I very much expected that level of commitment from myself first and foremost.
At the time, the enormity of building a company from nothing felt so massive that the only way I knew to measure progress was in pain and fatigue.
I was also terrified of failing and did not have a good plan B.
By the time my company was 18-months old, I had a mortgage and a baby on the way. Failure would have meant giving up on my dreams of being an entrepreneur and, as it was framed in my mind at least, having to go get a fucking job.
Our company was on the brink of failure for most of those early years. I dealt with that existential uncertainty by working until it hurt.
If I was not working, I was stressed out. If I was working, I did not have time to think about the stress.
Maybe you are in the same boat. Or maybe you have your own reasons for not wanting to give up the 80 hour weeks.
And that is ok.
No one is forcing you to.
You can keep those long hours for as long as they serve you.
I simply want you to know there is another way. And if you wake up one day realizing that the benefit of those hours no longer outweighs the cost, I want you to have a light shining on another path. A path to a different way of being and leading without giving up your CEO chair.
The path less taken
I do not have a 10-step plan for creating the company you want.
Many of my coaching clients will ask in our early sessions about whether they are doing parts of the job right.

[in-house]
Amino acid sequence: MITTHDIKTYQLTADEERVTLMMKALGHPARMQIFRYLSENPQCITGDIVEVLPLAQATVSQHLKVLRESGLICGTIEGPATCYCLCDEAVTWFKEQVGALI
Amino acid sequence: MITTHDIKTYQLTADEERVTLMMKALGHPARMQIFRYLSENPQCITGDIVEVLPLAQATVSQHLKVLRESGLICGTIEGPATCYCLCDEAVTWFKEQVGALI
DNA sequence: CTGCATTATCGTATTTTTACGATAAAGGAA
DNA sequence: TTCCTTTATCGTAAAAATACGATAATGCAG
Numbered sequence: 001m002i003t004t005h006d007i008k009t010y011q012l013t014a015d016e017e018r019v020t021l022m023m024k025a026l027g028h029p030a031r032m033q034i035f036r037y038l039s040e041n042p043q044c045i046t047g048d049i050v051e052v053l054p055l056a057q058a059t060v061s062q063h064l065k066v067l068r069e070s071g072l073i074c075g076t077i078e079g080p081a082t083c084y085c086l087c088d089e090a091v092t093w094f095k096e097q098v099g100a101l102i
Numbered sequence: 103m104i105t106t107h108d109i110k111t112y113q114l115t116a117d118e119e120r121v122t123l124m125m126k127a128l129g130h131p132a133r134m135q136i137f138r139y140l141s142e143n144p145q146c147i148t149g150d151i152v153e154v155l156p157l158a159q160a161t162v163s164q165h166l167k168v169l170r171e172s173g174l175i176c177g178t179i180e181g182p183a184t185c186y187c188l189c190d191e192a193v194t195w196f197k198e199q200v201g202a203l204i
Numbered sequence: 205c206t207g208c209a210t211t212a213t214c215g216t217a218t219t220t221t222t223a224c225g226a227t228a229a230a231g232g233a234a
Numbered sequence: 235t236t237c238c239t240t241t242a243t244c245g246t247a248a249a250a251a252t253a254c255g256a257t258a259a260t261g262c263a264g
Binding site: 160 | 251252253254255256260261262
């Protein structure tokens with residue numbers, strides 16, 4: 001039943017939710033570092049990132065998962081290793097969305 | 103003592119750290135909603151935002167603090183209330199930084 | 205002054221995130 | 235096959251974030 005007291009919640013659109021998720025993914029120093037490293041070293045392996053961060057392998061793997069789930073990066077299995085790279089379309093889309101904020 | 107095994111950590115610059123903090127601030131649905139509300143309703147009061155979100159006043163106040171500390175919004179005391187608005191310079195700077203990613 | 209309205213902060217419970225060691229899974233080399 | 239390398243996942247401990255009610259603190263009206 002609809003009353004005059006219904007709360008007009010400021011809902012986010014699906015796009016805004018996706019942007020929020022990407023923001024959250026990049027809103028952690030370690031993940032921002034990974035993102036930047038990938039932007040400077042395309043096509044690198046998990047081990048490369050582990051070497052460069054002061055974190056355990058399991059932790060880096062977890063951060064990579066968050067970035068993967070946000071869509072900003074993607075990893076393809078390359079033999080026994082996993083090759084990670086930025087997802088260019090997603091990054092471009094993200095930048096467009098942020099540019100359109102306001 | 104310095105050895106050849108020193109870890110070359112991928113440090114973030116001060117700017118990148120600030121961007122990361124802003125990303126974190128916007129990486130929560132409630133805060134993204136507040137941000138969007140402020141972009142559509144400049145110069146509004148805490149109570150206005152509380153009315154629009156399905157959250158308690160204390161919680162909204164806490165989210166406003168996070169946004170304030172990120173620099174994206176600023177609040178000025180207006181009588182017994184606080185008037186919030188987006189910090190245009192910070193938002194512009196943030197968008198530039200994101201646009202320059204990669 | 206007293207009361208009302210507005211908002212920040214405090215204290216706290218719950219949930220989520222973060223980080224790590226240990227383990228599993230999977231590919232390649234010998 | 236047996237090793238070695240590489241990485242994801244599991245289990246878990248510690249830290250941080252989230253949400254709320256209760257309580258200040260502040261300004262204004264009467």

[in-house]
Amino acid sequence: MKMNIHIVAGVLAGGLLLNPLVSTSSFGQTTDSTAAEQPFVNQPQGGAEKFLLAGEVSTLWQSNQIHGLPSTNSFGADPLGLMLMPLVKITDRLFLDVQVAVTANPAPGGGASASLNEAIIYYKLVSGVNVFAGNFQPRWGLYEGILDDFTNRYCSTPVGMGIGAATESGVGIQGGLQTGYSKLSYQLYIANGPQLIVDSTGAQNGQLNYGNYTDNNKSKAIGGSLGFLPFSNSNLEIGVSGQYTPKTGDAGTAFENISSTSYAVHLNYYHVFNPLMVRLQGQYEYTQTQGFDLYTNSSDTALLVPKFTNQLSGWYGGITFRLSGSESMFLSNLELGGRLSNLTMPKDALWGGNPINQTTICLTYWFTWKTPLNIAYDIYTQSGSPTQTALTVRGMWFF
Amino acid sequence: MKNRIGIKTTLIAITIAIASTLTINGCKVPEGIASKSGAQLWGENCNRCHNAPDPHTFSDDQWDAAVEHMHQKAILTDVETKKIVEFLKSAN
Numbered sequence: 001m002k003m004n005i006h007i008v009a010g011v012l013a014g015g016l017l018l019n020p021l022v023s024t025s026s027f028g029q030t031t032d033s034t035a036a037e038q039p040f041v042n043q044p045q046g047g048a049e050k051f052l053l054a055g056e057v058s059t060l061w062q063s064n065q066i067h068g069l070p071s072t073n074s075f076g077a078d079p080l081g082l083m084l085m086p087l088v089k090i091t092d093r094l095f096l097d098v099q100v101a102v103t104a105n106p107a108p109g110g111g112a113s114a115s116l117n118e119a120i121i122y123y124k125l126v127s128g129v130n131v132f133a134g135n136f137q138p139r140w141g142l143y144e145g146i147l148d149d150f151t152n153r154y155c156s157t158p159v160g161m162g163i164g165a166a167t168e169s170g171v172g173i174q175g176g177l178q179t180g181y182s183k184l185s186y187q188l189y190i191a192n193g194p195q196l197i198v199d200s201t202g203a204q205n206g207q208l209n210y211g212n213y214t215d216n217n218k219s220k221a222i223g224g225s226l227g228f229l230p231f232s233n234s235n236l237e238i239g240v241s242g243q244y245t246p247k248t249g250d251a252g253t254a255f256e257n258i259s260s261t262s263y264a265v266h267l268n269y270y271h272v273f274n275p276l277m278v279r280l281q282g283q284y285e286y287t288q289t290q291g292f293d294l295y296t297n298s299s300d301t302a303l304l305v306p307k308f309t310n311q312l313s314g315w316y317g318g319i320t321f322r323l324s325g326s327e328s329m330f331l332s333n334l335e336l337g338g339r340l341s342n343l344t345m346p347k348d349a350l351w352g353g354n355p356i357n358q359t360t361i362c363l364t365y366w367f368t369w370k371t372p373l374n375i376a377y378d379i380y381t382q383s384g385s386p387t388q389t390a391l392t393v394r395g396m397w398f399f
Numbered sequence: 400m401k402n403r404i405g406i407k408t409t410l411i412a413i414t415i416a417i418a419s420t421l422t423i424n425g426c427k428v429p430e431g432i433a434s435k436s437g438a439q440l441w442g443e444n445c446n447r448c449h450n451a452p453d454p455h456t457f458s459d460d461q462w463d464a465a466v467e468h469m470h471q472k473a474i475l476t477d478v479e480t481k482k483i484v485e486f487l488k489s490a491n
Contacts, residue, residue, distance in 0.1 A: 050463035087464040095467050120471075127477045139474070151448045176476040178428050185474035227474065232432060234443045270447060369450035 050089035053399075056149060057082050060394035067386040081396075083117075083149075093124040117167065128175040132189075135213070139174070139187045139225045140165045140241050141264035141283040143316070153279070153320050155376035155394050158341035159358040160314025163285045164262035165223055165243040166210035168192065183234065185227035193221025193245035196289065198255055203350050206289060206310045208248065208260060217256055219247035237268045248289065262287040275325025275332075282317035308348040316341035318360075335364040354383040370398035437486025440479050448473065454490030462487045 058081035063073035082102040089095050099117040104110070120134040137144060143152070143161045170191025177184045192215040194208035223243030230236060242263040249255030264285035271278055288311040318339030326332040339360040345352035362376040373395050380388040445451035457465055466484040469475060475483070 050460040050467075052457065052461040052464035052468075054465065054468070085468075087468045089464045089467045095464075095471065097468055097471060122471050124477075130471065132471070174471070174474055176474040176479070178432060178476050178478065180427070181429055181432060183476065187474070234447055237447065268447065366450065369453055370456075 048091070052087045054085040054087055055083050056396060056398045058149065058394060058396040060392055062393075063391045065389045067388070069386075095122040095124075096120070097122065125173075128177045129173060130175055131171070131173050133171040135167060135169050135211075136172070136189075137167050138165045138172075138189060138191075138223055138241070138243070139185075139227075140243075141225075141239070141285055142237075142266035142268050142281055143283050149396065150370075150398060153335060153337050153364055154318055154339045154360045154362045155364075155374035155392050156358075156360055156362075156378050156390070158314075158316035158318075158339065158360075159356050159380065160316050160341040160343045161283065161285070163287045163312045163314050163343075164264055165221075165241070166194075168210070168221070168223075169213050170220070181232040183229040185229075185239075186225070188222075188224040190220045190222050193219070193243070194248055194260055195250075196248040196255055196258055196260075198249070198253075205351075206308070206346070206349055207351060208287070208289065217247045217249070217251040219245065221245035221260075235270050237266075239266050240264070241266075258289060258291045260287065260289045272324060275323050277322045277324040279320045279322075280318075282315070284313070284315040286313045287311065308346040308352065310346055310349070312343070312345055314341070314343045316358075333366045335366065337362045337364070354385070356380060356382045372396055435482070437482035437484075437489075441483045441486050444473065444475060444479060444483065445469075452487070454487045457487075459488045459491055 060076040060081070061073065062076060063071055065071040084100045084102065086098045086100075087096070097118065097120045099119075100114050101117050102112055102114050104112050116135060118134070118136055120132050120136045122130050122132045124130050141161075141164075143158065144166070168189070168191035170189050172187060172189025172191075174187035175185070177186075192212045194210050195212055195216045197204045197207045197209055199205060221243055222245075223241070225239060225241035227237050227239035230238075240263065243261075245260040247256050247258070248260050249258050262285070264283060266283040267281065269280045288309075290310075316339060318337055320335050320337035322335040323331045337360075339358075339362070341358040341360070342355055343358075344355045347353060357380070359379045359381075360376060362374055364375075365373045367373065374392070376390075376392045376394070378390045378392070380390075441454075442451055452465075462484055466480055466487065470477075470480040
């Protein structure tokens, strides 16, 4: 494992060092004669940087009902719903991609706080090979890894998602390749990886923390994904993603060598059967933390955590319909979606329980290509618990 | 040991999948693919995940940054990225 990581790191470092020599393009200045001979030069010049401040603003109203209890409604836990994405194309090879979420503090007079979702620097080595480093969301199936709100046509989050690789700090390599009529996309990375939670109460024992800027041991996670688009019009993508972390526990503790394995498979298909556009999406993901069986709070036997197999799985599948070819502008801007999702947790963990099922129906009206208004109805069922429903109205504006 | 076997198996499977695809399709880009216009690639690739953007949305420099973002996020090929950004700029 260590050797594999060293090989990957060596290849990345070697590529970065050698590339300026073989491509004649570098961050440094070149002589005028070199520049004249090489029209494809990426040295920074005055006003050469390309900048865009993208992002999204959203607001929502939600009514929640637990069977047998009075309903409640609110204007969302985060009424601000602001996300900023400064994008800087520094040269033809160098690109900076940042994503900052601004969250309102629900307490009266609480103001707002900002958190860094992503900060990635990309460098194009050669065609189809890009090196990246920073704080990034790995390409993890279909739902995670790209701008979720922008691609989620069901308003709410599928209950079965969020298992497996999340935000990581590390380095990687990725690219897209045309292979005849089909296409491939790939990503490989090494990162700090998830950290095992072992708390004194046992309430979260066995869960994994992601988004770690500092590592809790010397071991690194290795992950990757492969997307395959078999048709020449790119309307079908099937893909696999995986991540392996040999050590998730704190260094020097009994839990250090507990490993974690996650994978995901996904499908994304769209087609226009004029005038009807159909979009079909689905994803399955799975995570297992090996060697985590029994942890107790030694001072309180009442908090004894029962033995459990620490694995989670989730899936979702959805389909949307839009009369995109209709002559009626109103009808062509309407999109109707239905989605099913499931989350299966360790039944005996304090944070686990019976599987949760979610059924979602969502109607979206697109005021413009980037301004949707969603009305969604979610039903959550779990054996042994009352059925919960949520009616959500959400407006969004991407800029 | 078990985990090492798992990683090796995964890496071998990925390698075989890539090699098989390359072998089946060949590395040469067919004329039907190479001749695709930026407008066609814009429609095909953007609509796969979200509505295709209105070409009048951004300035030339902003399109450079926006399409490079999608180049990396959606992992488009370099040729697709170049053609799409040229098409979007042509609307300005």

There is no right.
As a coach, I am less interested in whether you are doing the job right than I am in whether you are building a company that aligns with the way you want to be in the world.
That is a foundation we can build on.
Although there is no perfect map, let's nonetheless imagine for a moment one prospective picture of your company working in a way that might today feel quite foreign. Let's see how it lands for you.
- Each person on your team had a clear connection with your company's purpose for existing in the world?
- Each team member understood the alignment between their role in the company and the life they desired for themselves such that you never had to worry about any one person's motivation?
- Every person on the team could clearly articulate the three primary objectives of the company this quarter and could explain how each person's work mapped to those objectives?
- Your job was not to build the product? Rather, your job was to build the engine, the company, that built the product?
- Your time was spent observing and tuning that engine?
- You spent a part of your 'work week' reading those books you know would help you improve in your role?
- You slept 8 hours every night?
- You took weekends off?
- You took vacations regularly?
- You modeled for your team focus, clarity, presence, and thoughtfulness?
What if 80 hours a week will not help you build the company you deeply desire to lead?
What might happen if you begin to explore replacing raw grind with vision, clarity, and trust?
Many of the world's best startup CEOs are rethinking the 80-hour-week mantra and observing the benefits of clarity, focus, and rest.
The movement is yours to join when you are ready.